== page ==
Main Newsletter
Mastery Series
Therapy Series
 
Bookmark and Share | Print Article | Items for the Week Previous | All Articles This Week | Next
This article originally posted and appeared in  Issue 507CardiovascularCulturally Aware Care

Diabetes Linked to Improved Survival in Critically Ill Patients

Consistent with prior reports, but still surprising, diabetes does not worsen hospital mortality in critically ill patients, researchers say. In fact, diabetes is often associated with improved survival....

Advertisement

The analysis covered more than 1.5 million subjects in a retrospective cohort and more than 36,000 subjects in a prospective cohort.

Senior author Dr. Ivor S. Douglas wrote, "Our observations robustly correlate with those of other investigators in the field.... Mortality was lower in diabetes for all ... diagnoses except acute myocardial infarction -- consistent with smaller studies."

In the January 10th issue of Critical Care Medicine, Dr. Douglas of the University of Colorado, Denver, and colleagues report that in the larger retrospective cohort, patients with a history of diabetes had a lower risk of in-hospital mortality compared to nondiabetics. Before adjustment, the odds ratio was 0.90; after adjustment, it was 0.75.

In the prospective cohort, after adjustment for age and severity of illness, the odds ratio for mortality was 0.88 in the diabetes group.

In the retrospective dataset, diabetic patients in all severity-of-illness categories had lower hospital mortality compared to nondiabetics. In the prospective dataset, diabetic patients with extreme severity of illness had decreased age-adjusted hospital mortality.

"The surprising finding highlights that despite decades of investigation we continue to have a limited understanding of the pathophysiological modifying effects of diabetes in critical illness," Dr. Douglas said. "Our data suggest that there is a potential protective effect in diabetics of hyperglycemia but relative intolerance of hypoglycemia."

He continued, "Importantly, there was a particularly detrimental effect of acute hyperglycemia in nondiabetic patients which may account for the significant difference in mortality we found between diabetic and nondiabetic patients in critical illness."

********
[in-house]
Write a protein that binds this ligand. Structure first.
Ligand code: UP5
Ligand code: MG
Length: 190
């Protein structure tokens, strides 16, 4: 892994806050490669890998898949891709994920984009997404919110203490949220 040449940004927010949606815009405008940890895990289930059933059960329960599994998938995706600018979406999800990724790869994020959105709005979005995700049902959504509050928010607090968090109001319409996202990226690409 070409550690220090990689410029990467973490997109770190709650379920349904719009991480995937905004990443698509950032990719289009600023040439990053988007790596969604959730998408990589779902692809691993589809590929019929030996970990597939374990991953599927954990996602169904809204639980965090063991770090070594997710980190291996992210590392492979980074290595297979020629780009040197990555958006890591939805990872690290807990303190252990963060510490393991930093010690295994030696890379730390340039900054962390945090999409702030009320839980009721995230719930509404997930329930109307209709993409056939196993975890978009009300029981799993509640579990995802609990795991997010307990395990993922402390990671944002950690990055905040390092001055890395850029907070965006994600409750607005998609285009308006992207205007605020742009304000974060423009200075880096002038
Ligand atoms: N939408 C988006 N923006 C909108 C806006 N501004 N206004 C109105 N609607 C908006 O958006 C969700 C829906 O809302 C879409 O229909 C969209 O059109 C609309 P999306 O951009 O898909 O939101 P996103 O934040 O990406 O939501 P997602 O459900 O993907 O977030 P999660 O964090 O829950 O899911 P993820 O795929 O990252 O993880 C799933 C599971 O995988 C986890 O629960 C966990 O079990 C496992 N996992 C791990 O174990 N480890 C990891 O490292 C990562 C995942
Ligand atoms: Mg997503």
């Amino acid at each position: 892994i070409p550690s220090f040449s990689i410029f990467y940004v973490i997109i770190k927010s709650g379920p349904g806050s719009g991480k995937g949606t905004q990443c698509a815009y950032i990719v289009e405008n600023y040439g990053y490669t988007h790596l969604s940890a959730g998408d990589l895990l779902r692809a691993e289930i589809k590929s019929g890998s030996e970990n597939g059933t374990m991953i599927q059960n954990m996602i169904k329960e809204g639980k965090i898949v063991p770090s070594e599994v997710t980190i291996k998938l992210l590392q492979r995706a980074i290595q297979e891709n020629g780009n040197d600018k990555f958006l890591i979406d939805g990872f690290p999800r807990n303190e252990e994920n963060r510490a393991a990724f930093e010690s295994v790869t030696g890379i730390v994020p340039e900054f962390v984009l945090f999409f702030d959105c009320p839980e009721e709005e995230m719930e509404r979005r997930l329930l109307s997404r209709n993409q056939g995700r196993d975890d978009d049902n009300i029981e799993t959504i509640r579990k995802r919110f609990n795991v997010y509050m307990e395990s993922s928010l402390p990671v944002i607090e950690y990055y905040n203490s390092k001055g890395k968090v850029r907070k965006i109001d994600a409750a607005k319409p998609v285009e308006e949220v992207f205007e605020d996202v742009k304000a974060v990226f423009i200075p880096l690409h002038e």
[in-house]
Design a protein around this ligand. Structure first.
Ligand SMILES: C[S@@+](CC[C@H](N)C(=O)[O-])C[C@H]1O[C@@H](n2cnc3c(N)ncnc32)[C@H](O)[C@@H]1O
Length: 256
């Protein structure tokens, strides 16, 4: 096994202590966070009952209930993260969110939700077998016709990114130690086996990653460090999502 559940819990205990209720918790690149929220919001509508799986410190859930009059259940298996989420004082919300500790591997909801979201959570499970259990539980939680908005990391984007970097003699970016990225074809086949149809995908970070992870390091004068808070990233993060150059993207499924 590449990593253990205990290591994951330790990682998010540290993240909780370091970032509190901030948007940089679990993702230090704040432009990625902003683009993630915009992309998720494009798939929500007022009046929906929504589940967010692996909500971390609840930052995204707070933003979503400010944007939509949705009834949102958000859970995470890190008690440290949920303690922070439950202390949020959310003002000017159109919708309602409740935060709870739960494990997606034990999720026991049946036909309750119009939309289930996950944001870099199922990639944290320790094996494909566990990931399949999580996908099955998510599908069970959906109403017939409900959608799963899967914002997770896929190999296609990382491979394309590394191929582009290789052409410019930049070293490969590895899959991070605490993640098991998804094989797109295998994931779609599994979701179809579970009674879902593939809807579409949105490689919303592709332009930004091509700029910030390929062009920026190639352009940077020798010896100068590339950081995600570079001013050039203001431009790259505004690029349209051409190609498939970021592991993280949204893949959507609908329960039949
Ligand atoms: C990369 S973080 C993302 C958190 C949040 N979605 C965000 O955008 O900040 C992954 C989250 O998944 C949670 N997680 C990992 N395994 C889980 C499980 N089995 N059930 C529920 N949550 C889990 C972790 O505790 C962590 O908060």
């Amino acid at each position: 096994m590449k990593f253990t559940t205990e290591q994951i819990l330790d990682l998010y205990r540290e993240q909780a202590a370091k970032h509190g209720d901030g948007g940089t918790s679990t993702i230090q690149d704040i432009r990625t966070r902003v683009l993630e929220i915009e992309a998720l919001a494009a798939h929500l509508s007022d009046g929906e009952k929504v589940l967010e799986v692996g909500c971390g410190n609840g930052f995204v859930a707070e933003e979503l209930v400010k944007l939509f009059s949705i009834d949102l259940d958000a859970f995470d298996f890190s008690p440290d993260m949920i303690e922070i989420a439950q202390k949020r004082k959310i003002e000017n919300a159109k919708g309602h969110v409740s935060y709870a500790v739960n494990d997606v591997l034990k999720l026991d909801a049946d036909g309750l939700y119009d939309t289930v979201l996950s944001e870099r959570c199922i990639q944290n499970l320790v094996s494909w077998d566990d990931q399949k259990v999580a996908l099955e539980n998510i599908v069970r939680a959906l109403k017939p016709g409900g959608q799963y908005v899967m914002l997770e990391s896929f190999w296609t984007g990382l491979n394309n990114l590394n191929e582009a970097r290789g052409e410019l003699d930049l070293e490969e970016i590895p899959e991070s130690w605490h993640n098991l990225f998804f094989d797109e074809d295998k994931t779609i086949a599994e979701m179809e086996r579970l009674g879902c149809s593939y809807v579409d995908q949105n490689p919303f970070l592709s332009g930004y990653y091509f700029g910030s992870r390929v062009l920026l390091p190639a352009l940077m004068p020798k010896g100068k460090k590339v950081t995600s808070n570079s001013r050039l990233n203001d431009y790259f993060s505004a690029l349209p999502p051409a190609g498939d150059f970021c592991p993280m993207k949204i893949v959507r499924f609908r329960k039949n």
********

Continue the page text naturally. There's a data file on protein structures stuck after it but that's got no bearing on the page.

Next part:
Dr. Douglas and his coauthors acknowledge that their findings "may seem counterintuitive." But they also point out that "preexisting diabetes is not a chronic health parameter in the calculation of APACHE III or IV," because it did not independently predict mortality when those scores were derived.

Now, the researchers conclude, it's time "to evaluate potential mechanisms for this association that might be therapeutically exploitable."

Crit Care Med 2010;38:16-24.
Advertisement


 

Bookmark and Share | Print | Category | Home

This article originally posted 02 February, 2010 and appeared in  Issue 507CardiovascularCulturally Aware Care

Past five issues: Diabetes Clinical Mastery Series Issue 233 | SGLT-2 Inhibitors Special Edition March 2015 | Issue 773 | Diabetes Clinical Mastery Series Issue 232 | GLP-1 Special Editions March 2015 |

2015 Most Popular Articles:

FDA Approves Sanofi's Diabetes Drug Toujeo
Posted February 27, 2015
One Modification of Diet Can Improve the Metabolic Syndrome
Posted February 27, 2015
Eylea Bests Avastin, Lucentis in Diabetic Macular Edema
Posted February 27, 2015
'Smart' Insulin Holds Promise for Type 1 Diabetes Patients
Posted February 27, 2015
What Most Docs Don't Do: Counsel Patients on Drug Adherence
Posted February 27, 2015
Reduced GLP-1 Precedes Type 2 Diabetes
Posted March 05, 2015
Resistance Exercise after Dinner Decreases CVD Risk for Type 2's
Posted February 27, 2015
Breastfeeding May Lower Risk of Type 1 Diabetes
Posted February 27, 2015
Quality Management in Diabetes Care
Posted February 27, 2015
Custom Mobile App for Nurses Diagnoses More Obesity, Smoking and Depression
Posted February 27, 2015


Browse by Feature Writer & Article Category.
A. Lee Dellon, MD | Aaron I. Vinik, MD, PhD, FCP, MACP | Beverly Price | Charles W Martin, DD | Derek Lowe, PhD | Dr. Brian Jakes, Jr. | Dr. Fred Pescatore | Dr. Tom Burke, Ph.D | Eric S. Freedland | Evan D. Rosen | Ginger Kanzer-Lewis | Greg Milliger | Kristina Sandstedt | Laura Plunkett | Leonard Lipson, M.A. | Louis H. Philipson | Maria Emanuel Ryan, DDS, PhD | Marilyn Porter, RD, CDE | Melissa Diane Smith | Michael R. Cohen, RPh, MS, ScD, FASHP | Paul Chous, M.A., OD | Philip A. Wood PhD | R. Keith Campbell, Professor, B.Pharm, MBA, CDE | Richard K. Bernstein, MD | Sheri R. Colberg PhD | Sherri Shafer | Stanley Schwartz, MD, FACP, FACE | Steve Pohlit | Steven V. Edelman, M.D. | Timothy S. Hollingshead |

Cast Your Vote
Are you interested in learning how to improve patient care by doing a reimbursable comprehensive diabetic foot exam?



Search Articles On Diabetes In Control